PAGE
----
Never run your generator in a garage, carport, crawl space, shed or porch. Place outdoors but under cover to prevent electrocution if unit gets wet. Be sure the generator isn’t positioned outside an open window, which can allow fumes into the home.
Use a carbon-monoxide alarm that’s battery-operated or has battery backup.
Never feed power from a portable generator into a wall outlet. This can kill linemen working to restore power or your neighbors who are served by the same transformer.
It also can damage your generator.
Don’t use power cords that are frayed, torn or cut. This can cause a fire or shock. Be sure all three prongs are intact and the cord is outdoor-rated. The cord’s wattage or amps must not be smaller than the sum of the connected appliance loads.
Store fuel and generator in a ventilated area and away from natural-gas water heaters. Vapors can escape from closed cans and tanks, travel to the pilot light and ignite.
Never have wet hands when operating a generator. Never let water come in contact with the generator.
Make sure you have the right cords and connectors.
The Consumer Product Safety Commission says you should not use an auxiliary tank.
Most starters use rope pulls. If yours uses a battery, keep it charged.
Always turn the engine off before refueling and let the generator cool.
Don’t spill fuel. It can ignite.
Even in the off-season, your portable generator can become just that, at the hands of a thief. Permanently bolt it down or at least secure it with a strong chain and lock.
More information: Consumer Product Safety Commission
Need more power? Many homeowners opt for large standby generators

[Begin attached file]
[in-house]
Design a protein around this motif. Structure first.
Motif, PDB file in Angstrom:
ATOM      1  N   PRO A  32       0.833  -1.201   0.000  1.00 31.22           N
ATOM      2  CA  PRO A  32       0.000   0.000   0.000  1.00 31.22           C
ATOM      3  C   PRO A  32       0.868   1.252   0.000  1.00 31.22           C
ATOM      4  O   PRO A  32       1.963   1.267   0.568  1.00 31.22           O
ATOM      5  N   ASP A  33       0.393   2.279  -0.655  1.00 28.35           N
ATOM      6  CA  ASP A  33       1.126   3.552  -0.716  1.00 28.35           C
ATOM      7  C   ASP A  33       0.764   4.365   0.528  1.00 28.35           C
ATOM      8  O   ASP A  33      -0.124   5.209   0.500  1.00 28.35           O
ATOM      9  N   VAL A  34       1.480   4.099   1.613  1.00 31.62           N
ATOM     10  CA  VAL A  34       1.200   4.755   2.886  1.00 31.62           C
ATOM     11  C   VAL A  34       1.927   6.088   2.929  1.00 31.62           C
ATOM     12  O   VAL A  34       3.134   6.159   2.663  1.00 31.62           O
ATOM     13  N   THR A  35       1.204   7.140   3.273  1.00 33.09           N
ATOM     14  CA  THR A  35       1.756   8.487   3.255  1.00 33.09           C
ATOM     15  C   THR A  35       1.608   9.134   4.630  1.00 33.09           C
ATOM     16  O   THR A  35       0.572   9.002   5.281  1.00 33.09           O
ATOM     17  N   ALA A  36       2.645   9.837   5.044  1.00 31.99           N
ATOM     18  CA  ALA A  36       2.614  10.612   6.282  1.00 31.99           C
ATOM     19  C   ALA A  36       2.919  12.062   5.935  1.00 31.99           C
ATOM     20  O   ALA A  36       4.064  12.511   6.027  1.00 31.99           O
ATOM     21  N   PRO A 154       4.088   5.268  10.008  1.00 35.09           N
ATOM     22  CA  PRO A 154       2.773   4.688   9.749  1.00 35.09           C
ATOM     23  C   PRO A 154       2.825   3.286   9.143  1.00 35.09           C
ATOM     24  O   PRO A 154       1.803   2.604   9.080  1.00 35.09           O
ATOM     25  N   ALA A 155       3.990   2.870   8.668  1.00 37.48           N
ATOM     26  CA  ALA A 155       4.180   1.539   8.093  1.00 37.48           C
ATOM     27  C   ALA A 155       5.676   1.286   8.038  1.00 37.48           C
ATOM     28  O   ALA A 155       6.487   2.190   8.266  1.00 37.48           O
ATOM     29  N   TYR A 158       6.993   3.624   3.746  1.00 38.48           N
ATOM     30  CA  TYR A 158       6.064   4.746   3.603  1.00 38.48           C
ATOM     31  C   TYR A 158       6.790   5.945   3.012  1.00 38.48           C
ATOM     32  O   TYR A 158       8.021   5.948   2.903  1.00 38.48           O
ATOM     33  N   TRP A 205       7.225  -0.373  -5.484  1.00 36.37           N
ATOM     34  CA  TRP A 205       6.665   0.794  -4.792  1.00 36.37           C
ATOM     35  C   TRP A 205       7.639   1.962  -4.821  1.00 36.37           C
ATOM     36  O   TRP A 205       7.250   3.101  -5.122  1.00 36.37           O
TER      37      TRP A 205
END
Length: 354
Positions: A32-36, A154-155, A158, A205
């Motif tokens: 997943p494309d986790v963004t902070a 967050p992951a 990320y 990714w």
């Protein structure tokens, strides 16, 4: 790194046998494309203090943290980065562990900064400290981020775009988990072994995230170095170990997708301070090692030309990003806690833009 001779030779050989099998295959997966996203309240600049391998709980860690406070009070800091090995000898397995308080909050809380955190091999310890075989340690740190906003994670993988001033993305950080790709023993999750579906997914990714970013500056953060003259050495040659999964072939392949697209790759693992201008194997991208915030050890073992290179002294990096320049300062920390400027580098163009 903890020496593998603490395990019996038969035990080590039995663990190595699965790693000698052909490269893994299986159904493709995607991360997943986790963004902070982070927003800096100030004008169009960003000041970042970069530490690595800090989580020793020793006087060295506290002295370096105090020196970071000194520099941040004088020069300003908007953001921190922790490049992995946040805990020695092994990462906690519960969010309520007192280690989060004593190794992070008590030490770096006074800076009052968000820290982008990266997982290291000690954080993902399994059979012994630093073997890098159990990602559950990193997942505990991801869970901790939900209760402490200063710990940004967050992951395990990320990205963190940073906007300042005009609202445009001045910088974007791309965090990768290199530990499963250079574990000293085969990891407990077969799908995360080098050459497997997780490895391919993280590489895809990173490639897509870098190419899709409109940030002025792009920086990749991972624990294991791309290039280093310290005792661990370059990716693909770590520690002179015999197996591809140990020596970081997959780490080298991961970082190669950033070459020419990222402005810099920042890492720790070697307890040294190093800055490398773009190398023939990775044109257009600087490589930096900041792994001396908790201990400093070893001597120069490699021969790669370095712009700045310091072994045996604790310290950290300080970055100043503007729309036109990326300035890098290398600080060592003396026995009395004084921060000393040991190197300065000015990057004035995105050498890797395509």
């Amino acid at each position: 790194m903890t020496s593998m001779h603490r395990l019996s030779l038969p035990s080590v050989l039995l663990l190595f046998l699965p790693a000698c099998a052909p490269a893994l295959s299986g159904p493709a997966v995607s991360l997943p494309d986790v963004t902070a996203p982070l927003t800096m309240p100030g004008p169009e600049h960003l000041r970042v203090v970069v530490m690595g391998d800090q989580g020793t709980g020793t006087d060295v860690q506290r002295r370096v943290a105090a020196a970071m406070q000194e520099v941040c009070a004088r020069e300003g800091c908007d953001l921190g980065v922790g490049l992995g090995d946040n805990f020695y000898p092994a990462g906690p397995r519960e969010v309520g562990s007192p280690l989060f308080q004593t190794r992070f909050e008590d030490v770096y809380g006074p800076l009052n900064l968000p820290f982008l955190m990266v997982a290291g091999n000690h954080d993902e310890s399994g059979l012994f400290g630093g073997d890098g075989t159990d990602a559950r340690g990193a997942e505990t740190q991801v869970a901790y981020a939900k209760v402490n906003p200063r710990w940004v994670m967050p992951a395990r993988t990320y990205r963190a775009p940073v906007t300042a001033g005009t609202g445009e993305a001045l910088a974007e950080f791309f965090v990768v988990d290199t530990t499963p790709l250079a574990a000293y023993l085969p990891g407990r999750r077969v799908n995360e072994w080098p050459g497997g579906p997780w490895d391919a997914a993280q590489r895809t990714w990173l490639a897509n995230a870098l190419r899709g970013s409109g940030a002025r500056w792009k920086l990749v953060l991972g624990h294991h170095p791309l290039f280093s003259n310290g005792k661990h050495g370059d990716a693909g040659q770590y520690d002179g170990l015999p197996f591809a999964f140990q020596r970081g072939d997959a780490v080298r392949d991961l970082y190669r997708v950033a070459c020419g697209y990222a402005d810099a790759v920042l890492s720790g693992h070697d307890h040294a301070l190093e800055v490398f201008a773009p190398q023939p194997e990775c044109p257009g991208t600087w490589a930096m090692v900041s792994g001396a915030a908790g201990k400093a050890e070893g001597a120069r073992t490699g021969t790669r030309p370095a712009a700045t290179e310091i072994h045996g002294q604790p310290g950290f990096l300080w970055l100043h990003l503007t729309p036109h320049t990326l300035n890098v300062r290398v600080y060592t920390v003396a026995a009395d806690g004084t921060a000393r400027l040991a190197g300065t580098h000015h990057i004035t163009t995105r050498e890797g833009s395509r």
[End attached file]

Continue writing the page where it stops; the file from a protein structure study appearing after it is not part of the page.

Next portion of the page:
Large, permanent generators — also known as automatic standby generators — are more powerful and quieter then their portable counterparts. And newer models are better and less intrusive than older versions.
Most are powered by propane or natural gas stored in large underground tanks or are fed by service lines. That means no shuttling to service stations to fill gasoline cans.
They’re directly wired into the home’s circuit panel. When power goes out, just fire it up and flip a switch.
Some units have a “brain” that detects outages, automatically starts the generator, and switches circuits in seconds. When power resumes, the system flips back to the house circuit and powers down the generator.
Standby generators can range in power up to 45,000 watts — enough to power an entire large home.
Determining if you need a standby generator
List the appliances you’ll want operating in an outage and total the required wattage.
Most units range in price from $10,000-$30,000. You’ll also have to pay for a concrete slab, installation and wiring.
You’ll be subject to the laborious, and costly, permitting process used for new driveways, fences, shutters and roofs. You’ll also need to meet the rules of your local homeowners association.
You’ll need to be familiar with the manufacturer’s guidelines for placement and operation. Some homes will not have room outside to place generators and still have the required space for proper ventilation and to meet fire codes and zoning.
Finding a reputable company
Consumer groups and even the police in the past have dealt with complaints that generator sales and installation outfits took money and either delivered the generators but never installed them, or never delivered them at all.
Some companies poured just the concrete slab. Some delivered units but never pulled permits.
Make sure the company shows its license. Check for complaints. Get referrals.
Sources: Palm Beach Post archives, bobvila.com, Consumer Product Safety Commission, Florida Power & Light Co.